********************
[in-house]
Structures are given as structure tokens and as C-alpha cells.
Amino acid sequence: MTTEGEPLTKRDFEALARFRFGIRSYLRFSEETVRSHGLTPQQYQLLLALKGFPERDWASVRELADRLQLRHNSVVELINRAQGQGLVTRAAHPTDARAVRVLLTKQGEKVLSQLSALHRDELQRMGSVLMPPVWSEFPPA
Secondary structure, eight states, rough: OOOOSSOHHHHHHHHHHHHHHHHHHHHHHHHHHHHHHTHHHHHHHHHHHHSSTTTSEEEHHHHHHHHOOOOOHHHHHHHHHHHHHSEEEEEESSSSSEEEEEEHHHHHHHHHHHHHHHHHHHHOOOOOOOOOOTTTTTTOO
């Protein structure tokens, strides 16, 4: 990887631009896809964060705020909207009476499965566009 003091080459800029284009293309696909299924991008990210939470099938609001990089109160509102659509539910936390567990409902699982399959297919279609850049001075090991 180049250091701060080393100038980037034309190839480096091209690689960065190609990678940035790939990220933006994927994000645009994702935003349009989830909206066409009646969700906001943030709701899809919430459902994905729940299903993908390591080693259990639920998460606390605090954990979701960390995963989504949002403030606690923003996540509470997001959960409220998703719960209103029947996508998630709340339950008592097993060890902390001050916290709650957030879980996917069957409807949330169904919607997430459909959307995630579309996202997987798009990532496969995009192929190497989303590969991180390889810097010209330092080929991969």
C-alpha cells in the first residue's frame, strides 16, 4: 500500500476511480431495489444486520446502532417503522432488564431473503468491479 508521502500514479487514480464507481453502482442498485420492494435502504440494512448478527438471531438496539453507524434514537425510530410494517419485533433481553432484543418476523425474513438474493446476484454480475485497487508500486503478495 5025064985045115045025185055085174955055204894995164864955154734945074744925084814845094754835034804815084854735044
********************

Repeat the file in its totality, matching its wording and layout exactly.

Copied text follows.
[in-house]
Structures are given as structure tokens and as C-alpha cells.
Amino acid sequence: MTTEGEPLTKRDFEALARFRFGIRSYLRFSEETVRSHGLTPQQYQLLLALKGFPERDWASVRELADRLQLRHNSVVELINRAQGQGLVTRAAHPTDARAVRVLLTKQGEKVLSQLSALHRDELQRMGSVLMPPVWSEFPPA
Secondary structure, eight states, rough: OOOOSSOHHHHHHHHHHHHHHHHHHHHHHHHHHHHHHTHHHHHHHHHHHHSSTTTSEEEHHHHHHHHOOOOOHHHHHHHHHHHHHSEEEEEESSSSSEEEEEEHHHHHHHHHHHHHHHHHHHHOOOOOOOOOOTTTTTTOO
């Protein structure tokens, strides 16, 4: 990887631009896809964060705020909207009476499965566009 003091080459800029284009293309696909299924991008990210939470099938609001990089109160509102659509539910936390567990409902699982399959297919279609850049001075090991 180049250091701060080393100038980037034309190839480096091209690689960065190609990678940035790939990220933006994927994000645009994702935003349009989830909206066409009646969700906001943030709701899809919430459902994905729940299903993908390591080693259990639920998460606390605090954990979701960390995963989504949002403030606690923003996540509470997001959960409220998703719960209103029947996508998630709340339950008592097993060890902390001050916290709650957030879980996917069957409807949330169904919607997430459909959307995630579309996202997987798009990532496969995009192929190497989303590969991180390889810097010209330092080929991969």
C-alpha cells in the first residue's frame, strides 16, 4: 500500500476511480431495489444486520446502532417503522432488564431473503468491479 508521502500514479487514480464507481453502482442498485420492494435502504440494512448478527438471531438496539453507524434514537425510530410494517419485533433481553432484543418476523425474513438474493446476484454480475485497487508500486503478495 5025064985045115045025185055085174955055204894995164864955154734945074744925084814845094754835034804815084854735044